Cycling for Noobs

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12 Apr
9:38pm, 12 Apr 2024
24,548 posts
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Meglet
Re pedal, are you sure you’re turning it the correct way? (I assume that’s the ‘yes o know’ bit). I check videos all the time!

Main piece of advice is to take it to your LBS or friendly mechanic. My LBS did mine pretty quickly! Stuck seat post may be more of an issue but last resort is to have someone cut it out.
12 Apr
11:34pm, 12 Apr 2024
10,244 posts
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Northern Exile
I use an old Ford brake adjustment tool, an old (long) screwdriver and a rubber mallet, it never fails. A bit of Plus Gas or WD40 beforehand can help. As Meglet says, make sure you are turning it the correct way, it wasn't really clear from your post if that was the "I know" bit.
12 Apr
11:36pm, 12 Apr 2024
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Northern Exile
.... didn't answer the seat post question. This is a tricky one and you can end up doing serious damage to the bike, so if the ubiquitous blow with the mallet to the nose of the saddle doesn't work, I'd also recommend a trip to your LBS.
13 Apr
7:25am, 13 Apr 2024
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Meglet
OH had a seized seat post, which was a shaped one on a Giant frame. My tip top mechanic couldn’t sort it. Eventually it started sinking but was still seized, which was weird, so he had to buy a new frame. He sold the frame and the buyer has managed to free it, I assume by cutting out.
13 Apr
7:47am, 13 Apr 2024
2,542 posts
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MudMeanderer
I've used body weight to remove stuck high torque stuff (pedals, cassettes etc.) before. Decent allen key/pedal spanner (dependent upon pedal), well seated, with a long bit of pipe, and stand on it! Just take care not to injure yourself!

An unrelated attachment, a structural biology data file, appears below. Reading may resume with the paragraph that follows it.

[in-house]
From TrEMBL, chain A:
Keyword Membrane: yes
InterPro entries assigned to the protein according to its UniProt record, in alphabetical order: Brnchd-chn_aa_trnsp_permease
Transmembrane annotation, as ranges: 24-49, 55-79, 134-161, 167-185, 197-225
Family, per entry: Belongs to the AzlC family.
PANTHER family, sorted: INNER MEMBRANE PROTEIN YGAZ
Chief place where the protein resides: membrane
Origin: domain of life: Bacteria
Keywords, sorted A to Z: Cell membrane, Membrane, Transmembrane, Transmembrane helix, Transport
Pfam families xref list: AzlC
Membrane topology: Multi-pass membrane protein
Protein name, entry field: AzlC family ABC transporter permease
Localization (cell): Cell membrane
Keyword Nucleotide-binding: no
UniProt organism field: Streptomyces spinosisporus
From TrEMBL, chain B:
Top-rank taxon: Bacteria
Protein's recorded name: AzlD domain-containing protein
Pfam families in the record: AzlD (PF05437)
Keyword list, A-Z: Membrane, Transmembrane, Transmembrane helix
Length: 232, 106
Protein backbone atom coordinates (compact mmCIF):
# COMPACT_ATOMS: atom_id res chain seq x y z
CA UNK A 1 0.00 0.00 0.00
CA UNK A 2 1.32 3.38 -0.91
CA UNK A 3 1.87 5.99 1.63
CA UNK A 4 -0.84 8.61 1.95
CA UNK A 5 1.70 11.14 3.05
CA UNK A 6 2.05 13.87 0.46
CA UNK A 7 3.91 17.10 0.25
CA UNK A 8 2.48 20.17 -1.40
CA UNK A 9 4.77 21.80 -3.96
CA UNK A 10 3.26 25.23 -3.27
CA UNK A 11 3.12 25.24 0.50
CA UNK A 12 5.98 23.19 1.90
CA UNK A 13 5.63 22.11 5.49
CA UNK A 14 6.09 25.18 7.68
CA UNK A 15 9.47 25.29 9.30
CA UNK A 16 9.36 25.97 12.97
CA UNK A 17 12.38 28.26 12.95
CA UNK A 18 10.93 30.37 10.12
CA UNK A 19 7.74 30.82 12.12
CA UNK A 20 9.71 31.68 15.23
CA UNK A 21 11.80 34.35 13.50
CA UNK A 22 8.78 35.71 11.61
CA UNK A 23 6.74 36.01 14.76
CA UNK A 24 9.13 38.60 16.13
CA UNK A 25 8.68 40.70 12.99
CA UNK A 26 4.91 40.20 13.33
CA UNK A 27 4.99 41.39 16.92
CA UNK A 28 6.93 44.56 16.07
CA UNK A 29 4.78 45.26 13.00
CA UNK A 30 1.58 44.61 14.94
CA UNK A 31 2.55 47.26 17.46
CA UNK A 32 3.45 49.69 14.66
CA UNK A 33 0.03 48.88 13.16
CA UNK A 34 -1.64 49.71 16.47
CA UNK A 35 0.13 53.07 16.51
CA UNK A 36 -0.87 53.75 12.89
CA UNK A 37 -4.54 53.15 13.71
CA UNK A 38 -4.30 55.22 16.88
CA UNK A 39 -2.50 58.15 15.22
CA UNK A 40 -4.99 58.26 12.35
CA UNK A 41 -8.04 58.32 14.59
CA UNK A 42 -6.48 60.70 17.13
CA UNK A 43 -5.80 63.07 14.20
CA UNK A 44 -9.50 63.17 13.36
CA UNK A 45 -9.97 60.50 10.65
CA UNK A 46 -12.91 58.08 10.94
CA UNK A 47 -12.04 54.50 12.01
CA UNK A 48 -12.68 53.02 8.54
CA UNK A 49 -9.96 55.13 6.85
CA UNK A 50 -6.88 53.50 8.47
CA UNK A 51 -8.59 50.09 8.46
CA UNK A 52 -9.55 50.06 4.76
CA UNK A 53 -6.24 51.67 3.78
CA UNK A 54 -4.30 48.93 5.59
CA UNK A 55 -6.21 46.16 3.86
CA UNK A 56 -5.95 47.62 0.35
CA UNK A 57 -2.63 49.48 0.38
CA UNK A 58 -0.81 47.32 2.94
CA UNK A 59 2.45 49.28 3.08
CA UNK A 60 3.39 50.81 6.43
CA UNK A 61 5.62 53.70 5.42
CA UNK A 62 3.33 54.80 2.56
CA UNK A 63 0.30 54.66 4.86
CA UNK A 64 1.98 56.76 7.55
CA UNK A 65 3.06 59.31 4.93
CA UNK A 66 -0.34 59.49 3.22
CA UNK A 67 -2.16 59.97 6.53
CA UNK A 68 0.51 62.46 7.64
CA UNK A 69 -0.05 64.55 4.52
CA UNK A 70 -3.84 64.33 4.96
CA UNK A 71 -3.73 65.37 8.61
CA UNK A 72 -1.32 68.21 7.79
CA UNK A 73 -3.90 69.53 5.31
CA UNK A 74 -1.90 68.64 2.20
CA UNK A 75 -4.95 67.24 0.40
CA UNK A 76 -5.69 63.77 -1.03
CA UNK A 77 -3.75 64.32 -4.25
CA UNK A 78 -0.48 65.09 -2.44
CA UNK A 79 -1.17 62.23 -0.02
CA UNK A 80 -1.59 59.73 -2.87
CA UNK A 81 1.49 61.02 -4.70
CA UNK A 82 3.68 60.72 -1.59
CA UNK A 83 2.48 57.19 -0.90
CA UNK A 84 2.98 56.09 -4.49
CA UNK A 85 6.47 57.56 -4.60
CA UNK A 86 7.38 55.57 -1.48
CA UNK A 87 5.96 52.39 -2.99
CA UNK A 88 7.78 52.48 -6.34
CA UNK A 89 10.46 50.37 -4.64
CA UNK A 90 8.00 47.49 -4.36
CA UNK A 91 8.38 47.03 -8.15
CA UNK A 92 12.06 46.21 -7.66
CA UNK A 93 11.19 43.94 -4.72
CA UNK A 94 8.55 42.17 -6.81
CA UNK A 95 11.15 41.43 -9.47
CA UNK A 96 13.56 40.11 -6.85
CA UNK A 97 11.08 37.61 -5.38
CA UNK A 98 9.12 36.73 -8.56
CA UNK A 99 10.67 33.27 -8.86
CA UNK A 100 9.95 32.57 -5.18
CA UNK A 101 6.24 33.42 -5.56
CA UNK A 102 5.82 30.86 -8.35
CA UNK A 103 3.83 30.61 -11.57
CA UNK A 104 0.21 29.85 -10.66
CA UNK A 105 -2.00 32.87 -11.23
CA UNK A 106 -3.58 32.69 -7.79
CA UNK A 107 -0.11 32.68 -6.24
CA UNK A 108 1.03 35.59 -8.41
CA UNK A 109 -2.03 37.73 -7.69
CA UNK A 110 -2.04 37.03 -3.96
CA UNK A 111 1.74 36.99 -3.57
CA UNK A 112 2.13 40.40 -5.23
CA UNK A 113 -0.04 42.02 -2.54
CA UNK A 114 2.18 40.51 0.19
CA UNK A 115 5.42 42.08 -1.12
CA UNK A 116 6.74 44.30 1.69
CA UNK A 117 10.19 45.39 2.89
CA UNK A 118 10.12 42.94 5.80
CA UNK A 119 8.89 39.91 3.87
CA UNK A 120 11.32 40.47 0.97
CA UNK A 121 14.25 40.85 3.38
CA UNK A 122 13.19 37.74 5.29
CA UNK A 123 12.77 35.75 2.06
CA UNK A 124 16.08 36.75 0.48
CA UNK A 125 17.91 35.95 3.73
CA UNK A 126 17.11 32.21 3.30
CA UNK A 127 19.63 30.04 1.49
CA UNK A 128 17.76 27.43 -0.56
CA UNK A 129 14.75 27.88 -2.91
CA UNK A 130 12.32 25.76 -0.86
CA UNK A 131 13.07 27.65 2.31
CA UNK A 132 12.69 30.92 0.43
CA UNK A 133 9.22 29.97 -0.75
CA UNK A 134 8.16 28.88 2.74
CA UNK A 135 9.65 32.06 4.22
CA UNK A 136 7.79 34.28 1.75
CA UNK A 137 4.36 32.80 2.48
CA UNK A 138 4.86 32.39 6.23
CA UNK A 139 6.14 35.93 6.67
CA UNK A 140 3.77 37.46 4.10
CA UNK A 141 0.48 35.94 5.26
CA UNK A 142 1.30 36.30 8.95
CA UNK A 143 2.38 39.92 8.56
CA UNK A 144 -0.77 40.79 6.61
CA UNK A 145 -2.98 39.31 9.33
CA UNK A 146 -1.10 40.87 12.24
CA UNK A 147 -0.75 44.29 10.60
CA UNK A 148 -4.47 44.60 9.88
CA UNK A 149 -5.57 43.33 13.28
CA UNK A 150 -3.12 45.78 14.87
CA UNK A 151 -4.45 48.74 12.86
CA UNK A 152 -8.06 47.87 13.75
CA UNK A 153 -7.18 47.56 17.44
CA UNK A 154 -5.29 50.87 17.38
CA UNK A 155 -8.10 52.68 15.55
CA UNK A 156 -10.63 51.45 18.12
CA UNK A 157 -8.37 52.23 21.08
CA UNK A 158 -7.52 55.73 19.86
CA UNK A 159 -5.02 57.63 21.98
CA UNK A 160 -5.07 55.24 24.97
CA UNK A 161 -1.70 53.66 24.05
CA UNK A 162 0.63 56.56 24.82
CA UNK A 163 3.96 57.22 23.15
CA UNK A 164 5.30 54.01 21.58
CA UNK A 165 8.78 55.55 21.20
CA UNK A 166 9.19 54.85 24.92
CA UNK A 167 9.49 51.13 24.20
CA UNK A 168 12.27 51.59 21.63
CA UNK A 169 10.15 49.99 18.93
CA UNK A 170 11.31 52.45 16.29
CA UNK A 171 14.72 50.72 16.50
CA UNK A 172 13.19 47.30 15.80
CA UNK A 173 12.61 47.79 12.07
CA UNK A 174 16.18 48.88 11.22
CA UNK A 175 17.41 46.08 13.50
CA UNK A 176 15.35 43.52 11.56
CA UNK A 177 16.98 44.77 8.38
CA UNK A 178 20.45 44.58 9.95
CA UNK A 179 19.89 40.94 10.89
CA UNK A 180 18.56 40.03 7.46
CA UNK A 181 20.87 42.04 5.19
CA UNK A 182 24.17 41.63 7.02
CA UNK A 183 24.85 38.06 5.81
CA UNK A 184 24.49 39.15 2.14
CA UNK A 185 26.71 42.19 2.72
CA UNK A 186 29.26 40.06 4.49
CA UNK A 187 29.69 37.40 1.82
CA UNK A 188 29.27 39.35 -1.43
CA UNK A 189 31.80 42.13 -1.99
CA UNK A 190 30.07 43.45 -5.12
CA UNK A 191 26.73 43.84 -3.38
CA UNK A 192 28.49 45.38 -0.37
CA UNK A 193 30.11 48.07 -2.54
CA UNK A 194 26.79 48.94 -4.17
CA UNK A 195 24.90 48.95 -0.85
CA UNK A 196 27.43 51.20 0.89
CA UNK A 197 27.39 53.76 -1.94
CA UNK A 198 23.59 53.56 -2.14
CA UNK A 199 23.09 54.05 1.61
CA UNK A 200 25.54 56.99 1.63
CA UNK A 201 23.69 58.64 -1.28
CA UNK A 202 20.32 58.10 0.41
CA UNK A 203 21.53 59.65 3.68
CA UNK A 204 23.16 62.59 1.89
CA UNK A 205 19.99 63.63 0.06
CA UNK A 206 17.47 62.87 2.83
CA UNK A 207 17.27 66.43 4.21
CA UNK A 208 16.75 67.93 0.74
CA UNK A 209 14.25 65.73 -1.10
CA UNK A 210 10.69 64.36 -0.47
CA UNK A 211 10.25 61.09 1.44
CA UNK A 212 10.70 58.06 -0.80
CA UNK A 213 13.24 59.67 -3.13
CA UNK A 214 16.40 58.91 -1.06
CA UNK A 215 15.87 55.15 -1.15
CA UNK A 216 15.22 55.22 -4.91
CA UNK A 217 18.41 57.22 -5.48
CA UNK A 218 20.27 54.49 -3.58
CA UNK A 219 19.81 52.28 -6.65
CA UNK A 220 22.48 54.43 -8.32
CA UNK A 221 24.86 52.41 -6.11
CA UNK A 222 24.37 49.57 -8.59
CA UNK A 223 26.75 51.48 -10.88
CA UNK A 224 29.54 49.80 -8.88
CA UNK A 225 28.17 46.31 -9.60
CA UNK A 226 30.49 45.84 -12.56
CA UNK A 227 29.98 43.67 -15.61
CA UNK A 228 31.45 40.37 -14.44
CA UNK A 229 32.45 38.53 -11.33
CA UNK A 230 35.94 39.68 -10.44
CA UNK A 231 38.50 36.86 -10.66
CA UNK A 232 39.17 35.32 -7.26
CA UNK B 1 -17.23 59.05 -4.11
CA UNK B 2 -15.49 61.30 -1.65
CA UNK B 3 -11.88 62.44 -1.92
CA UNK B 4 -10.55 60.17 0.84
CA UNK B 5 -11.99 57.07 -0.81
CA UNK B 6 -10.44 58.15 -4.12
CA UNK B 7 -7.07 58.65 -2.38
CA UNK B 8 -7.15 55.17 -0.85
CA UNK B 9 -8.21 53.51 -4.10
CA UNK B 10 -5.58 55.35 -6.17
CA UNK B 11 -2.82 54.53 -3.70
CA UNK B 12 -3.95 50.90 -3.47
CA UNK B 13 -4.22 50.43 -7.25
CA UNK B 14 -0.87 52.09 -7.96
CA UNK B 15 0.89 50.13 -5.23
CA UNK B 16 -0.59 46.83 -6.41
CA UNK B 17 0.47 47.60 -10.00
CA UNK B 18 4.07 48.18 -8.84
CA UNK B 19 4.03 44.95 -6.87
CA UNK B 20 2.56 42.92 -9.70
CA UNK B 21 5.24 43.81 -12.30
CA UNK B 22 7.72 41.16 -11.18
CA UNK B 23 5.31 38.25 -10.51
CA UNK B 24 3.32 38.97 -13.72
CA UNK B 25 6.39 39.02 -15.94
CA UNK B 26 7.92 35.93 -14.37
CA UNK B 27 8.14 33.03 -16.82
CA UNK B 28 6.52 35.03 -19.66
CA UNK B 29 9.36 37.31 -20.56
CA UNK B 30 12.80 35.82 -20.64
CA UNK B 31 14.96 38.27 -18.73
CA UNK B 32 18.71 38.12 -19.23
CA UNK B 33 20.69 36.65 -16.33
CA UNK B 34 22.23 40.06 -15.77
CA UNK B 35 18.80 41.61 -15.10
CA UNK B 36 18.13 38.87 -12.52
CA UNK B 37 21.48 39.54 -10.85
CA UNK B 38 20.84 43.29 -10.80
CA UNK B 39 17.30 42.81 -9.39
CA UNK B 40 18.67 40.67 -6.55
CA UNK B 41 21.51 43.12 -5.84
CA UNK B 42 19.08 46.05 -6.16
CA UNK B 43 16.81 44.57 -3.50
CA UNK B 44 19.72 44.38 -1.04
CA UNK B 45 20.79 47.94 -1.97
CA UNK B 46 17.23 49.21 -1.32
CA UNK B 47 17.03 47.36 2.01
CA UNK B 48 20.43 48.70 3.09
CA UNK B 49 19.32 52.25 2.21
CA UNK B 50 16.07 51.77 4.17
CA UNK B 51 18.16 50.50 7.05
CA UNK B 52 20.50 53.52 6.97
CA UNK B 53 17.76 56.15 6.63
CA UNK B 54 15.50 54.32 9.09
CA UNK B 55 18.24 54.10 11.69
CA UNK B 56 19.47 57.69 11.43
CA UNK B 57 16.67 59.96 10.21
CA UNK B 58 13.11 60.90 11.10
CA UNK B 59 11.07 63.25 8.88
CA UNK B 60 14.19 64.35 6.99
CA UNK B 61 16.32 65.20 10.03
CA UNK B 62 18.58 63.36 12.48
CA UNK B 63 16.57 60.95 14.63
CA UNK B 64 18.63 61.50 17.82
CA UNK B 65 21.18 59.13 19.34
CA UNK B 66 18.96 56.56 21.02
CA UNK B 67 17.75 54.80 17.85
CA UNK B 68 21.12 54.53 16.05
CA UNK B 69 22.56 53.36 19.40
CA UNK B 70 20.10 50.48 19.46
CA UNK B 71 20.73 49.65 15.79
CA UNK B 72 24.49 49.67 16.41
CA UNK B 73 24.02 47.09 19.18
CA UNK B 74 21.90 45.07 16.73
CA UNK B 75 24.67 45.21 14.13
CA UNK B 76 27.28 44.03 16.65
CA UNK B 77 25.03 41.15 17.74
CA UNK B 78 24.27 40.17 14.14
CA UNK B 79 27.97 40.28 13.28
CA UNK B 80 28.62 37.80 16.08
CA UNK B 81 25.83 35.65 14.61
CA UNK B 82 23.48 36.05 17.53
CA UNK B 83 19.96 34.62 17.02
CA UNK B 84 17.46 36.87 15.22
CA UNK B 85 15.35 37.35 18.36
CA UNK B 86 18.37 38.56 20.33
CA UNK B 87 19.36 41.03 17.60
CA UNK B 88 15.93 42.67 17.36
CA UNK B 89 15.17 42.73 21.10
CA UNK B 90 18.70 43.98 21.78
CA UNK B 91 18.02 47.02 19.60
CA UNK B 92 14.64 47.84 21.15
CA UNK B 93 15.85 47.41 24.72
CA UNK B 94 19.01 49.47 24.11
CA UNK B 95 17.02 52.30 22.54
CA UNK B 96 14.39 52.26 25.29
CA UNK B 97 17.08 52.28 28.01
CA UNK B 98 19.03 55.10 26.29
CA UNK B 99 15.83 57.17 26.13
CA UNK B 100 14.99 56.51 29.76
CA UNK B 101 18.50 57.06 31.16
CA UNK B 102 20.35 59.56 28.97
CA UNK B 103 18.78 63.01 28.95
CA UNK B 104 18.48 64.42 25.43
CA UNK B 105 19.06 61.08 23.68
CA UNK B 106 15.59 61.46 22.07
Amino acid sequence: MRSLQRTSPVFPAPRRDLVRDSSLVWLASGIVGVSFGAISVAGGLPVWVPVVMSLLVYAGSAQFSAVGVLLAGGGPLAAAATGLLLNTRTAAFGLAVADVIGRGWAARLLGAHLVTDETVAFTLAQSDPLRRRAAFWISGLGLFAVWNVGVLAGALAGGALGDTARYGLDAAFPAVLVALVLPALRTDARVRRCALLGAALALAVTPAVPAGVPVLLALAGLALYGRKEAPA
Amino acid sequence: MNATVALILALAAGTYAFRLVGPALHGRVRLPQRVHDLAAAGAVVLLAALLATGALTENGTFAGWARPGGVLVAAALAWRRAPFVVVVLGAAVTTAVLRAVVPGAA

13 Apr
8:32am, 13 Apr 2024
26,845 posts
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richmac
Jumping in here, pedal wd40 it, tap with hammer wd40, walk away for 8 hours repeat, same again for a few days. Don't use heat if the crank arm is alloy. You can also try, top tip here, a hex key bit in your cordless drill, set it to hammer if the drill has that, basically it's a 'soft' impact wrench

For the seat pin, most extreme I've seen is strip the bike put the post in the vice and twist while using heat, lube and percussion. It was my bike and it worked, the post didn't survive though.
13 Apr
9:09am, 13 Apr 2024
4,386 posts
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jacdaw
I really have been turning it the right way! I knew that would be the first thing people would say... but I have definitely been turning it the right way. I have fewer pedals than bikes, so switch them round regularly.

Sadly the pedal spanner is starting to slide off as everything is getting rounded, including the pedal spanner (a proper park one). But on the positive side, it is a 1990 mountain bike, so both close to indestructible, and of little real value. And the current pedal, although rubbish, still just about works.
13 Apr
11:01am, 13 Apr 2024
3,192 posts
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Flatlander
Once you do get the pedal removed by one of the methods above, a tip is to grease the thread of whatever pedal you back on. The grease prevents any corrosion occurring, so I've never had any problem removing a pedal.
Before anyone says anything, the grease doesn't cause the pedal to work loose because the different way round threads on each side mean that each pedal stroke is self tightening the pedal.
13 Apr
11:17am, 13 Apr 2024
4,387 posts
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jacdaw
I'm quite good at remembering to grease the threads, but I don't think this pedal has been removed since it left the shop in 1990.
13 Apr
11:32am, 13 Apr 2024
3,193 posts
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Flatlander
That pedal has lasted a long time! :-)
It sounds as if its demise might be coming soon. ;-)

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